How Locking Up Judges Could End Debtors’ Prisons

MICHAEL B. THOMAS VIA GETTY IMAGES What many courts consider a “routine administrative matter” of forcing defendants to pre-pay a “bond” or “bail” before they’re allowed to schedule a court date is actually unconstitutional, the DOJ warns.

MICHAEL B. THOMAS VIA GETTY IMAGES

What many courts consider a “routine administrative matter” of forcing defendants to pre-pay a “bond” or “bail” before they’re allowed to schedule a court date is actually unconstitutional, the DOJ warns.

Huffington Post, March 18, 2016 || By: Ryan J. Reilly

In a nine-page letter sent to all state chief justices and state court administrators on Monday, the DOJ’s Vanita Gupta, who heads the Civil Rights Division, and Lisa Foster, the director of the Office of Access to Justice, urged local officials to “review court rules and procedures within your jurisdiction to ensure that they comply with due process, equal protection, and sound public policy.”

Judges who incarcerate poor people because they missed a payment are breaking the law, the letter said. What many courts consider a “routine administrative matter” of forcing defendants to pre-pay a “bond” or “bail” before they’re allowed to schedule a court date is actually unconstitutional, Gupta and Foster wrote.Locking people in cages for long periods of time solely because they can’t affordto buy their freedom is a violation of the country’s supreme law, the U.S. Constitution.

Civil rights advocates praised the Justice Department for sending the letter. However, they say there’s a much more powerful tool available if the feds really want to deter judicial crime: Federal prosecutors can hold judges accountable for their unlawful conduct by charging them with a federal crime.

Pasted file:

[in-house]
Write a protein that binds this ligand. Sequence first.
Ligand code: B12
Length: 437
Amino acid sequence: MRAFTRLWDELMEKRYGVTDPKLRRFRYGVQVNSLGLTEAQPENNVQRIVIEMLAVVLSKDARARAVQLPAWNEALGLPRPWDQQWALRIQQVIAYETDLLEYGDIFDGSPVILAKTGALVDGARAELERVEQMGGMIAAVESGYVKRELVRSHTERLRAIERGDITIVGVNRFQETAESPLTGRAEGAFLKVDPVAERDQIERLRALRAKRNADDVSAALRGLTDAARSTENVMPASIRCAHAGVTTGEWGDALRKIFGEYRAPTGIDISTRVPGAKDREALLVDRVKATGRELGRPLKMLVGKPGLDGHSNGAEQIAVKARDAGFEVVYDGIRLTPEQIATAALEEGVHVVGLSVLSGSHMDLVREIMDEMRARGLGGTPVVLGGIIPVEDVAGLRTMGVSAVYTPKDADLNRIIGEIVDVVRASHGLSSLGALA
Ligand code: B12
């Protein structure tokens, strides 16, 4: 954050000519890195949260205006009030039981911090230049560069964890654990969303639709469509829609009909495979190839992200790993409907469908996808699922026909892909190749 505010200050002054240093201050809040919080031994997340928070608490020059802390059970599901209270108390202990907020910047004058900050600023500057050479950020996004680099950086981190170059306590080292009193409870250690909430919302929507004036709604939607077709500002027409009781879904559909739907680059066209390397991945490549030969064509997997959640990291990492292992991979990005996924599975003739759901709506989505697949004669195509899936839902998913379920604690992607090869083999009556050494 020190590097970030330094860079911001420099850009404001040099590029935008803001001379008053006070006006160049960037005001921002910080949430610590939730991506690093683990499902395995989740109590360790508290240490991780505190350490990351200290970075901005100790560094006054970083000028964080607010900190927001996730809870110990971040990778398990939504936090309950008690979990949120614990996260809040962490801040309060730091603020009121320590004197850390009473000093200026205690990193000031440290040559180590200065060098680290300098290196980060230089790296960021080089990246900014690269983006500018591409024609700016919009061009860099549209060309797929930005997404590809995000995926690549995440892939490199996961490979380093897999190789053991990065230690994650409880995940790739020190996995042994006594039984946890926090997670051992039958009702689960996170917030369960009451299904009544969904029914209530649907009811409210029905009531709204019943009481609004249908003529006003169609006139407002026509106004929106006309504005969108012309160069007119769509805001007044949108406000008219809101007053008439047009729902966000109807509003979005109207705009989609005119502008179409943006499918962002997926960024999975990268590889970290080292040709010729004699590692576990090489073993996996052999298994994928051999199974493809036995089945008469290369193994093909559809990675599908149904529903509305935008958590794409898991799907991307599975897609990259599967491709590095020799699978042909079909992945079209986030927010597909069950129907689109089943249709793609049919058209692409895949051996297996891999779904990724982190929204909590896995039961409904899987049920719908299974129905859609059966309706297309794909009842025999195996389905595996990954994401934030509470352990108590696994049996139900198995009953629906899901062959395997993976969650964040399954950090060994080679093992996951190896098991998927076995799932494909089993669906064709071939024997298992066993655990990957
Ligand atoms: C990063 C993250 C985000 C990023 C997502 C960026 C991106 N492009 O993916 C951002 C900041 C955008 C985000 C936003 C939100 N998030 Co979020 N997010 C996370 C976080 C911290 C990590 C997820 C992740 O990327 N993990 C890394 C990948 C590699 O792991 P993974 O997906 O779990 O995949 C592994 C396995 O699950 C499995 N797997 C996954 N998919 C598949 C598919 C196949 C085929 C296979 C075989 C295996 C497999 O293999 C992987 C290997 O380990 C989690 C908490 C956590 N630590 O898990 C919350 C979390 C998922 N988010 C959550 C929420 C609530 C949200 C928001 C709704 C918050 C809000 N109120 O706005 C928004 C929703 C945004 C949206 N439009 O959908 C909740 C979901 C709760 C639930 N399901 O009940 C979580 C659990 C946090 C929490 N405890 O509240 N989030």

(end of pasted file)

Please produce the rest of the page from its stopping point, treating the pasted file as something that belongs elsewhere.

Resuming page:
Section 242 of Title 18 of the U.S. code — the so-called “color of law” statute — is the same federal civil rights legislation that Justice Department prosecutors use against police officers and prison guards who use excessive force and make false arrests. The law applies to prosecutors and judges, too. But the feds don’t use it against them often.

Hub Harrington, a former circuit judge in Shelby County, Alabama, who in 2012called Harpersville Municipal Court a “debtors prison” and a “judicially sanctioned extortion racket,” suggested prosecuting judges who break the law at a December meeting at the White House. He said he approached the Justice Department and the Alabama Attorney General about the issues in Harpersville and was frustrated that former Municipal Court Judge Larry Ward wasn’t charged over his conduct.

“We’ve been talking about the victims,” Harrington said at the time. “What about the perpetrators? We got the laws in place. We already have the law you can’t put indigent people in jail without a hearing. We don’t need more laws. We need to enforce the ones we’ve got.”

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